A book that makes your mouth water and stomach growl
It starts off with soft, crispy shaamis, rice and dal and ends with a comfort food called kichda. And in between there’s gajar ka halwa, different kinds of lauz, kutt, prawn masala and even halwa made out of bottlegourd. And of course, there’s biryani.
But this book is More Than Just Food. There are women. Four women, four lives.
When the book was launched, the author asked readers not to rush through the book and instead read it slowly and savour each word. And though I polished it off in just two days, slow is how this book is to be enjoyed. It takes you from the hot summers of Vellore in the late 50s to the odd smelling air of Hong Kong in 2010 through the lives of three generations of women
There is magic in the browning of onions, the sinful sugary goodness of lauz in the comfort of kichda and even in the perfect tea. Ordinary lives made extra ordinary through everyday food. Food that helps Tahera cope with loss, food that redeems Ruqayya from the being ostracized for hating to cook, food that helps Zubi cope with the invisible torment that has been haunting her all her life.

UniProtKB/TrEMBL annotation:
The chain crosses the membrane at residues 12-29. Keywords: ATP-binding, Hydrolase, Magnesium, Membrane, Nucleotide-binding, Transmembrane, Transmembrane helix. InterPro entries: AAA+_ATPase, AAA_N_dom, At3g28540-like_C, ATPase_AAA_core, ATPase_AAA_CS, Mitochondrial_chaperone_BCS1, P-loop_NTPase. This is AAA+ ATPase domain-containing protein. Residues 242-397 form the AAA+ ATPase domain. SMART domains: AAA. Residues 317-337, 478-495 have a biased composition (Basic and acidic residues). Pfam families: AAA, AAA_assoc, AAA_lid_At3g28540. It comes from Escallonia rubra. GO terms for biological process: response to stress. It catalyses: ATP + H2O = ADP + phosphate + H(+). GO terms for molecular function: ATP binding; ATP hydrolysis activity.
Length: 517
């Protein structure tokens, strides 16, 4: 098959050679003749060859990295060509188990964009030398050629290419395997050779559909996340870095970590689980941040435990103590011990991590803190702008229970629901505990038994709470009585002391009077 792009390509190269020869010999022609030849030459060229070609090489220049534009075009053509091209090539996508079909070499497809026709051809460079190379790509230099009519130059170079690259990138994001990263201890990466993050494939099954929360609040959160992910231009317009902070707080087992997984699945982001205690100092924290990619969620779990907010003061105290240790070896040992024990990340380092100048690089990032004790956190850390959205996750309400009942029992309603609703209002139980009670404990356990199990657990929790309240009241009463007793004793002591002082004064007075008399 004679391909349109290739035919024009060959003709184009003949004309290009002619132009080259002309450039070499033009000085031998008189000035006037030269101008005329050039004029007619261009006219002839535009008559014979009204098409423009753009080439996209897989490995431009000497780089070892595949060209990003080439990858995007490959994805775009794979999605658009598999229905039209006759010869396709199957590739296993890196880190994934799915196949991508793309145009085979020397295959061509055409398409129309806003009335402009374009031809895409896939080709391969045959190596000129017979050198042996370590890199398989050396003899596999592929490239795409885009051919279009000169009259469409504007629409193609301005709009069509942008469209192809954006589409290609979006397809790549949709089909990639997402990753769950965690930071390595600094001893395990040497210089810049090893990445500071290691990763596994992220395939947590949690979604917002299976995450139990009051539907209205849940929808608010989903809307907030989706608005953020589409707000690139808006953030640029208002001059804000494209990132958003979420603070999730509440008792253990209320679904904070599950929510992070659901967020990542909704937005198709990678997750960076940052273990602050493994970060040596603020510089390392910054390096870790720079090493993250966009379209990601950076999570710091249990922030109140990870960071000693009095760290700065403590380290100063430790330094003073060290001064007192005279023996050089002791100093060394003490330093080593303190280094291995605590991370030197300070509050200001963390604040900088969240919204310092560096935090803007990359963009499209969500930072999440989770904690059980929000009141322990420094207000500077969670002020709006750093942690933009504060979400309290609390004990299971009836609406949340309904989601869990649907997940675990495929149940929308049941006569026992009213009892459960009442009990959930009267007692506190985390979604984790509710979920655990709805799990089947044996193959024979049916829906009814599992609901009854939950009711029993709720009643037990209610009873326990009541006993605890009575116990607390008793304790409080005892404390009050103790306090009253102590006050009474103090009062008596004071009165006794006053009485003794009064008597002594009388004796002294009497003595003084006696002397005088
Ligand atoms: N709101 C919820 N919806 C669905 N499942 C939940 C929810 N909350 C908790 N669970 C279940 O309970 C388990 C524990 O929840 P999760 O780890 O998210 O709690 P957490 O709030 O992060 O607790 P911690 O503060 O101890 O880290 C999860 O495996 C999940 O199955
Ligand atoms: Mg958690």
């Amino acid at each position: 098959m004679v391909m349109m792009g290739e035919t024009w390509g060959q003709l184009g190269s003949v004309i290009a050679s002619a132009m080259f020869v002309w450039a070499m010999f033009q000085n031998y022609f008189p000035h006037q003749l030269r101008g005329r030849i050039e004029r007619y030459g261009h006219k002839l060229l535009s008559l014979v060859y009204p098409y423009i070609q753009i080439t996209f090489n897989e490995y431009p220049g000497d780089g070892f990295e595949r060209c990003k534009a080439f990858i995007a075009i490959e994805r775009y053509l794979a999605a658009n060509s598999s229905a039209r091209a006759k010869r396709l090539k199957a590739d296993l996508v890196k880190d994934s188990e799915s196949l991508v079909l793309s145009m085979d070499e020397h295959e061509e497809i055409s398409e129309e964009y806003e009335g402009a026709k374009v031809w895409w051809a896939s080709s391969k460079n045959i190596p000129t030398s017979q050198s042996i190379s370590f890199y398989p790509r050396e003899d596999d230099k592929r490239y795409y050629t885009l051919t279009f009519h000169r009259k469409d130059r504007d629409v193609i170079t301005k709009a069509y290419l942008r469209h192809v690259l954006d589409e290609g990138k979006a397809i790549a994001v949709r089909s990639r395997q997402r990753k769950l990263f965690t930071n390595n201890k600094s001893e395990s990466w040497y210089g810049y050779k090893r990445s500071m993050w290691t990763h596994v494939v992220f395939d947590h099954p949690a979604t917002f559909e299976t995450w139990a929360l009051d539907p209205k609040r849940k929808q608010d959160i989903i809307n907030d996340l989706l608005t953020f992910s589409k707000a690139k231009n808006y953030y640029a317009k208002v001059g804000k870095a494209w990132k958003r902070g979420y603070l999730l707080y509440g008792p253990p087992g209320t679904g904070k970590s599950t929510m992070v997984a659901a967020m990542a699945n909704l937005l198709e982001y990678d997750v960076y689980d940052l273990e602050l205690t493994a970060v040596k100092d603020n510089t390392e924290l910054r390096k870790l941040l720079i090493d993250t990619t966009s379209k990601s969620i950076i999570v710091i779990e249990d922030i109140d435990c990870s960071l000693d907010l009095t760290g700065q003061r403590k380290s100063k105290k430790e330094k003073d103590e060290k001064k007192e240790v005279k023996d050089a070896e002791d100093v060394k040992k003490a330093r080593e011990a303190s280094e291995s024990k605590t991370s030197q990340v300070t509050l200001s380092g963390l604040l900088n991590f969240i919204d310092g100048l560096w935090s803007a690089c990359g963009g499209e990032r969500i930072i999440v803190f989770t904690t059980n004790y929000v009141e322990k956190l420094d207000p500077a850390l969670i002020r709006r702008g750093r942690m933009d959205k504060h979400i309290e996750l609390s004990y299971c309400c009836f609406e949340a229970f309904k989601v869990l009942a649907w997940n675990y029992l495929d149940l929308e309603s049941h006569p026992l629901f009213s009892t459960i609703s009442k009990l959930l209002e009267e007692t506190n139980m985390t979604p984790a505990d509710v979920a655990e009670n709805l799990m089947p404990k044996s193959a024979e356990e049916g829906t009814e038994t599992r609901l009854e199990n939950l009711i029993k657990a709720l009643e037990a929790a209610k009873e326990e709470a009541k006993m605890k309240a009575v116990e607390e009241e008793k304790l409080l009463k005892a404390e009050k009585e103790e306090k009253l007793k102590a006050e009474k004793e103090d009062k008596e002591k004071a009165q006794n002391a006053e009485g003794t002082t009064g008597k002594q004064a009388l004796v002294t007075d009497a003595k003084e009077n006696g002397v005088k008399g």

I loved the way the little things that make women women have been explored in this book. From Tahera’s uncontrollable hostility towards Suman, Suman’s patient eagerness to fit in, Ruqayya’s seemingly shocking independent streak, Nadira’s quiet acceptance of her life, Zubi’s fierce resolve never to become her mother right to Sonia’s silly little crush, small emotions add up and make this book a delightful read.
And once you’re done reading this book, believe me, you’ll head straight to the kitchen.